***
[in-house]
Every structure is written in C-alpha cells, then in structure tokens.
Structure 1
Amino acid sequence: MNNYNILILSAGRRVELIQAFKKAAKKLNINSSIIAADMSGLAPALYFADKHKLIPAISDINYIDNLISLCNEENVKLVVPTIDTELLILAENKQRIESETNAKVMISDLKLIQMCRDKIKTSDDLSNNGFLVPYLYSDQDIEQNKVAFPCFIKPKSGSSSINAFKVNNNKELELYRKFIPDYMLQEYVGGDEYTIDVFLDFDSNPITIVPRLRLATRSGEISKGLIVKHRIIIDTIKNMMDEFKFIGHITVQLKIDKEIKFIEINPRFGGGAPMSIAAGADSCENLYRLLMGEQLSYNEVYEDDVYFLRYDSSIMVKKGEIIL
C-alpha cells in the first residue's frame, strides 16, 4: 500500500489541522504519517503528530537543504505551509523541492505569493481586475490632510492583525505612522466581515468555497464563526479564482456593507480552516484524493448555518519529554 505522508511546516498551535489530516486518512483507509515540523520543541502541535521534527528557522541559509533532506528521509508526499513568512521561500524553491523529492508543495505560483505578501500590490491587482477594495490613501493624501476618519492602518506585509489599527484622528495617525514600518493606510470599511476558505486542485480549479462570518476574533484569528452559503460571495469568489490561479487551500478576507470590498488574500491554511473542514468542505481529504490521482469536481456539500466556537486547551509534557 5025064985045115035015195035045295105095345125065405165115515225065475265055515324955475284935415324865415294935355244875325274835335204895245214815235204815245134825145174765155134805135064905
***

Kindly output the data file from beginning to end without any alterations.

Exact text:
[in-house]
Every structure is written in C-alpha cells, then in structure tokens.
Structure 1
Amino acid sequence: MNNYNILILSAGRRVELIQAFKKAAKKLNINSSIIAADMSGLAPALYFADKHKLIPAISDINYIDNLISLCNEENVKLVVPTIDTELLILAENKQRIESETNAKVMISDLKLIQMCRDKIKTSDDLSNNGFLVPYLYSDQDIEQNKVAFPCFIKPKSGSSSINAFKVNNNKELELYRKFIPDYMLQEYVGGDEYTIDVFLDFDSNPITIVPRLRLATRSGEISKGLIVKHRIIIDTIKNMMDEFKFIGHITVQLKIDKEIKFIEINPRFGGGAPMSIAAGADSCENLYRLLMGEQLSYNEVYEDDVYFLRYDSSIMVKKGEIIL
C-alpha cells in the first residue's frame, strides 16, 4: 500500500489541522504519517503528530537543504505551509523541492505569493481586475490632510492583525505612522466581515468555497464563526479564482456593507480552516484524493448555518519529554 505522508511546516498551535489530516486518512483507509515540523520543541502541535521534527528557522541559509533532506528521509508526499513568512521561500524553491523529492508543495505560483505578501500590490491587482477594495490613501493624501476618519492602518506585509489599527484622528495617525514600518493606510470599511476558505486542485480549479462570518476574533484569528452559503460571495469568489490561479487551500478576507470590498488574500491554511473542514468542505481529504490521482469536481456539500466556537486547551509534557 5025064985045115035015195035045295105095345125065405165115515225065475265055515324955475284935415324865415294935355244875325274835335204895245214815235204815245134825145174765155134805135064905